Girl Without a Face IMG_4294

Destiny awakes with amnesia. She’d been driving on a wet road, about to leave flowers at a memorial marker of a deceased classmate, when she almost met that same fate. 

Her mother, Mildred, is beyond restrictive, and she doesn’t want Destiny to have her cellphone back. A nurse sneaks it into her room, but it’s useless without the passcode. After her hospital stay, her mother becomes physically abusive. 

Destiny and Gabriel, the boy she’s been developing feelings for, decide to drive around to jog her memory. She’s positive she crashed near a memorial marker. When they find the place in question, and when Destiny remembers her phone’s passcode, nothing is as it seems – and Mildred is crazier than she thought. 

4/5 stars

I received this book through a Goodreads Giveaway.

I’ve talked about keeping things from the reader before in another post, and how And We Stay didn’t keep enough secrets to keep me interested. Girl Without a Face keeps the secret. From the back of the book, what is written above in the block quote, we know something is wrong. We get clues throughout the entirety of the book and the reader figures out the answer before the main character does, but the hints are dished out with a gentle hand – done in a way that makes the reader feel smart instead of bored. The author drops breadcrumbs just far enough away to keep us moving the direction we want, but close enough that we don’t lose interest.

I do have some technicality problems, though. I don’t know much about these sorts of situations or police work, so maybe these thoughts don’t make any sense. A car crashes, throwing out the driver. The car catches on fire and the license plate melts. It doesn’t seem like the police did hardly any work to figure out who the car belongs to and I’m not sure that would happen in real life. It seems like the police would try to do something to get the news out there, like identify the make and model of the car as well as they could and post about it in the newspaper or somewhere, at least matching it with recent stolen car reports.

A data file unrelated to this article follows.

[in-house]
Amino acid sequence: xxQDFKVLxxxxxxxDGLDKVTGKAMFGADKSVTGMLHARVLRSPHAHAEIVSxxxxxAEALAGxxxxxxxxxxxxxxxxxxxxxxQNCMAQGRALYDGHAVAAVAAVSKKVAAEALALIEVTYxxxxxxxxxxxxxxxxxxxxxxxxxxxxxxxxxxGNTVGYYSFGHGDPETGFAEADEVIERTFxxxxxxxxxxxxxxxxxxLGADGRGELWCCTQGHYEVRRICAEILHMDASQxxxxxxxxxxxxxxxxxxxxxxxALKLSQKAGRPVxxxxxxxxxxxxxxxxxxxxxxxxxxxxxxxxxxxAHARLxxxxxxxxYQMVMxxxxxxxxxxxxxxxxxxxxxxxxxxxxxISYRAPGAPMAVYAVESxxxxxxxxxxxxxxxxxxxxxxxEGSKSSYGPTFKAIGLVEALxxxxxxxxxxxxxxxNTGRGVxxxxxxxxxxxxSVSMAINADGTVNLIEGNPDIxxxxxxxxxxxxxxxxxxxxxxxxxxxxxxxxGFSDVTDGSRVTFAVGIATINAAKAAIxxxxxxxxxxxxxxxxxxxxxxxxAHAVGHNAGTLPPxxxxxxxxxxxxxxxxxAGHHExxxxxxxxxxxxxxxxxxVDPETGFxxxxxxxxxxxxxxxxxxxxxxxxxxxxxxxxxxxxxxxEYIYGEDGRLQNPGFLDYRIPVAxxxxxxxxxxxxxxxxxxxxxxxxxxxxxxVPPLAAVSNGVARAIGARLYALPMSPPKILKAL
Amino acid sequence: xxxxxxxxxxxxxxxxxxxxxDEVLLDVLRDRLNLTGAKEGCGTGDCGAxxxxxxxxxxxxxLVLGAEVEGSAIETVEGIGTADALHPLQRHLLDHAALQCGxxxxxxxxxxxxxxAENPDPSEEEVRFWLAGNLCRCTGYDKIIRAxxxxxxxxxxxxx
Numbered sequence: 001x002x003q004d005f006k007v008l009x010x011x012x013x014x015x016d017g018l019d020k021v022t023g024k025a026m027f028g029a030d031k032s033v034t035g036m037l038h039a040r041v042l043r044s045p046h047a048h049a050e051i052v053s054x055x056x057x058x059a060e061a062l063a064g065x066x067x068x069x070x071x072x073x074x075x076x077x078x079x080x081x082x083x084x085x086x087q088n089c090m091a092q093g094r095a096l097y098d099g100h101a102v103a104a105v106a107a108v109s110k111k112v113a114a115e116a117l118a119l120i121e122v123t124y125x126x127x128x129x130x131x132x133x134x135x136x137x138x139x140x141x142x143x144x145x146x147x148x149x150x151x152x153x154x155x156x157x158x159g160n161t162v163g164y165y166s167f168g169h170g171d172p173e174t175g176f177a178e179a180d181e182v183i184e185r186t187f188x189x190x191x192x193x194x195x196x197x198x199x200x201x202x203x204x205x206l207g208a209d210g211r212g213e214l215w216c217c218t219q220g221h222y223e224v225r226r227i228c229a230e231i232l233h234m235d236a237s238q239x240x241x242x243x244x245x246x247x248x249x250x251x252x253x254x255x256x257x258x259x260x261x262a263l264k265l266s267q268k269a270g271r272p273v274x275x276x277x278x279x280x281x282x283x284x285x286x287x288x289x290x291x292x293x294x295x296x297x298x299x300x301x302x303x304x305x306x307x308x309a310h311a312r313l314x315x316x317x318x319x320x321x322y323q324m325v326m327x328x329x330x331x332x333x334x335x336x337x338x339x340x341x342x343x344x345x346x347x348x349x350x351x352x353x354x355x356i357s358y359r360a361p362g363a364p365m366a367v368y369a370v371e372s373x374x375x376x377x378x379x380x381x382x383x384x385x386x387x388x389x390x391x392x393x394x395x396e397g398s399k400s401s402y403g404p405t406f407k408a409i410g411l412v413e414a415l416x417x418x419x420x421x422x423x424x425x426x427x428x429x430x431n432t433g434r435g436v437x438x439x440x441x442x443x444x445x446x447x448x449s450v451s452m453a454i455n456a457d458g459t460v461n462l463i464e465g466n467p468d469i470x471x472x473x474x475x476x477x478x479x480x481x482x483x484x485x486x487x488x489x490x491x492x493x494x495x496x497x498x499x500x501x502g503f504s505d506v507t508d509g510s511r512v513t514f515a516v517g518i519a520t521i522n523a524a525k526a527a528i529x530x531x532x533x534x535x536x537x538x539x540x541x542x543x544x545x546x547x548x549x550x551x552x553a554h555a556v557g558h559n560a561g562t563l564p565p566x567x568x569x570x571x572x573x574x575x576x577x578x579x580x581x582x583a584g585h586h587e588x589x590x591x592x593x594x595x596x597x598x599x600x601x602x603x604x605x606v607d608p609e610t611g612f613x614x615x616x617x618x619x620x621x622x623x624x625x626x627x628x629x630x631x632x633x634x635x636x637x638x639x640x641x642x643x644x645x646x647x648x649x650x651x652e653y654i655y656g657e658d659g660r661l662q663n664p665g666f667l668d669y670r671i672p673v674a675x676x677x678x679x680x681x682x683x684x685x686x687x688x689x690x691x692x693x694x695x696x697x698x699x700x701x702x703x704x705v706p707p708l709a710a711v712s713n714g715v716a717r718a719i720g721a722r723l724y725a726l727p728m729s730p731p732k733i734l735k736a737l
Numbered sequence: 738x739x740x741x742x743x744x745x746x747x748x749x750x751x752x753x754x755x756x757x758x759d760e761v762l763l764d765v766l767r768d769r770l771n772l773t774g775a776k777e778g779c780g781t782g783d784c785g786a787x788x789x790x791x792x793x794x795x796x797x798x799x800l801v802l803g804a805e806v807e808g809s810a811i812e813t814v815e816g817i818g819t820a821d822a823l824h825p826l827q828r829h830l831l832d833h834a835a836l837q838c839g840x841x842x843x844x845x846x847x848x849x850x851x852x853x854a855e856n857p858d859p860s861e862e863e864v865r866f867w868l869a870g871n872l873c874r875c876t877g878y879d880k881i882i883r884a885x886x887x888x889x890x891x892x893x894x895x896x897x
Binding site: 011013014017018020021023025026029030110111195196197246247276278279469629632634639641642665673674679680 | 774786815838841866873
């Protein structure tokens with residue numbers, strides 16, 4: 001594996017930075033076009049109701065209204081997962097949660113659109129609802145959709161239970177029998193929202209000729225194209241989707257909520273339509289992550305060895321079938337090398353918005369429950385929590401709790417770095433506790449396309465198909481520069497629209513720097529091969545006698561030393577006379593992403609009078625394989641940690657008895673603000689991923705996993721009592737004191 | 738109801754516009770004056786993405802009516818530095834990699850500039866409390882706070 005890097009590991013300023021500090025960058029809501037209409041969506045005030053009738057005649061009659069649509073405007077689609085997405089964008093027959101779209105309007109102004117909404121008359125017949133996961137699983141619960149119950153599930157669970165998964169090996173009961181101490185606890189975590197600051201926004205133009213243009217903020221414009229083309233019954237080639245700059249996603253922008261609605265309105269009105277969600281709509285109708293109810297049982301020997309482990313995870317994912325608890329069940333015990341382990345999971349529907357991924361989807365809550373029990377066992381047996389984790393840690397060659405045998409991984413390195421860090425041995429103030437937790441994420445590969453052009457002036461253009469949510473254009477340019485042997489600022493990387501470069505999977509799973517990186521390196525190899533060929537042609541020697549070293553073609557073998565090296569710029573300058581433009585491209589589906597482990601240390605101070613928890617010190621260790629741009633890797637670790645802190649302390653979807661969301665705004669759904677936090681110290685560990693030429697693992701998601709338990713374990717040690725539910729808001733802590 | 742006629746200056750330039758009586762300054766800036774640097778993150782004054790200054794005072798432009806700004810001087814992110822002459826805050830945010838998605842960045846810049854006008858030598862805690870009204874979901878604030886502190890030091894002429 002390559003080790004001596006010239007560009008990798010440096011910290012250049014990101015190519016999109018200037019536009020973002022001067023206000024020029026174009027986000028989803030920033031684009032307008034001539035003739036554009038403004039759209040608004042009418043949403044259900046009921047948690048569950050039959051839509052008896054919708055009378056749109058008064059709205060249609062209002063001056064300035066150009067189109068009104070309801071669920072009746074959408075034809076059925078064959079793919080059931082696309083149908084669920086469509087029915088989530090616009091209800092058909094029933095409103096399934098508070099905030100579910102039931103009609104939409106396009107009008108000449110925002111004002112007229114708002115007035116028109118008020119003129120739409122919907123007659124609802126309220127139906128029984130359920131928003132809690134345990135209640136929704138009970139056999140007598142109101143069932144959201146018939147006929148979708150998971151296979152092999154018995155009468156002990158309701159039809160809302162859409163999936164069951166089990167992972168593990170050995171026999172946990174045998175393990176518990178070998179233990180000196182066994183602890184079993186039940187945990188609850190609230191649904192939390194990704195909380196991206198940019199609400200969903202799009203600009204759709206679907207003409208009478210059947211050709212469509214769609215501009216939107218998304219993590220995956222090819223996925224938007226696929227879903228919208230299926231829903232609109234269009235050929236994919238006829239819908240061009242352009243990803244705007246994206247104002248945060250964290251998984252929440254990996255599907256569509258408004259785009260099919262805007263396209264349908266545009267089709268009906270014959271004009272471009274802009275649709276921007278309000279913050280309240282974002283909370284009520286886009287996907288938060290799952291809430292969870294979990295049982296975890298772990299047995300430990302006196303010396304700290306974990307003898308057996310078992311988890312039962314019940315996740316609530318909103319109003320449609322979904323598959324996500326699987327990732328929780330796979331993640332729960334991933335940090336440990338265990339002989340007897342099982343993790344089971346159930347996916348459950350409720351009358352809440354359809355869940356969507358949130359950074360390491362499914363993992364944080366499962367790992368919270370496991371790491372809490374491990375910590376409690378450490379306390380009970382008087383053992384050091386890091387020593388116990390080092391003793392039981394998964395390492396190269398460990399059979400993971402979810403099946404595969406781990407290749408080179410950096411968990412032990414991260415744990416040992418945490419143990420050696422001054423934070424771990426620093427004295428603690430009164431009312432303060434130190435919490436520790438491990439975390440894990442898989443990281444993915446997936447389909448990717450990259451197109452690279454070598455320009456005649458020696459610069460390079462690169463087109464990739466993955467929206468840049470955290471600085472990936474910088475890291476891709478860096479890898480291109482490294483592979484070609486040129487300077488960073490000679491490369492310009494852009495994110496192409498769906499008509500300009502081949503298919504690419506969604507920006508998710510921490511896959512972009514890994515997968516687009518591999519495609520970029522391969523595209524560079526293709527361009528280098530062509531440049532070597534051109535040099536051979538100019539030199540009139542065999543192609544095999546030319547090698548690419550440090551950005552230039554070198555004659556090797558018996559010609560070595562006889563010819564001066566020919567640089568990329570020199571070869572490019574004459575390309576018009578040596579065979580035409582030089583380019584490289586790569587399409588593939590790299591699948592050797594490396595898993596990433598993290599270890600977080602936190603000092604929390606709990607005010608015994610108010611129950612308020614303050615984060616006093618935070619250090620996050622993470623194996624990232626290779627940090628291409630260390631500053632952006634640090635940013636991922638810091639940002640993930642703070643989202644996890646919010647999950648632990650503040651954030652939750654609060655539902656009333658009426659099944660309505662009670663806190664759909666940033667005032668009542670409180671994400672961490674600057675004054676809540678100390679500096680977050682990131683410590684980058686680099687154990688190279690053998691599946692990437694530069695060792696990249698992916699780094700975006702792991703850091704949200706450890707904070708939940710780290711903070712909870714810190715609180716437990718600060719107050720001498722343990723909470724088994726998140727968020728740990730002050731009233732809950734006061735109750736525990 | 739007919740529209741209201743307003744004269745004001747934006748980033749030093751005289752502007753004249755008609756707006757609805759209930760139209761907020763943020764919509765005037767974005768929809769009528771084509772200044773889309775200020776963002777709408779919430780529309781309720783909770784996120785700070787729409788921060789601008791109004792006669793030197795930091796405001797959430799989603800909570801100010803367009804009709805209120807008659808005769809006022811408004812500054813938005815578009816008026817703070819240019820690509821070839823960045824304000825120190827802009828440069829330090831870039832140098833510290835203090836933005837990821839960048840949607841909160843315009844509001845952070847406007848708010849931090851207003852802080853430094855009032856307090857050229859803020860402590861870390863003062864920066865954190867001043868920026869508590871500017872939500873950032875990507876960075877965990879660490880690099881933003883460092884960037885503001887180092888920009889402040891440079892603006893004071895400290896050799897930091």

The mom really wants to keep this phone away from Dez, yet leaves it on a counter where the nurse is able to swipe it. The mom isn’t afraid to make an argument with anyone, yet doesn’t make a peep about the missing phone, that we know of. Following the mother’s character, it seems plausible that she would have pitched a fight to make sure she had the phone and Dez wouldn’t get it.

There is a pretty fast love between Dez and her neighbor Gabriel (who helps her try to discover who she used to be before the accident) which I didn’t mind because I am a sucker for adorable, sweet men, but I don’t think Dez, going through a hard time at home with her mom after getting in a car accident so bad she got amnesia, would be ready to hop in a car so soon, much less even think about a relationship with all these other complications. I like Gabriel’s character. He is sweet and so is the relationship with his grandpa (might not be the grandpa, but I think it was). He works with kids for his volunteer hours, he talks to all the older people and school administration at the school when he goes there to help the kids… He knows how to people, but other than that, he isn’t the most interesting guy. I don’t think he needed more for this story to be successful though.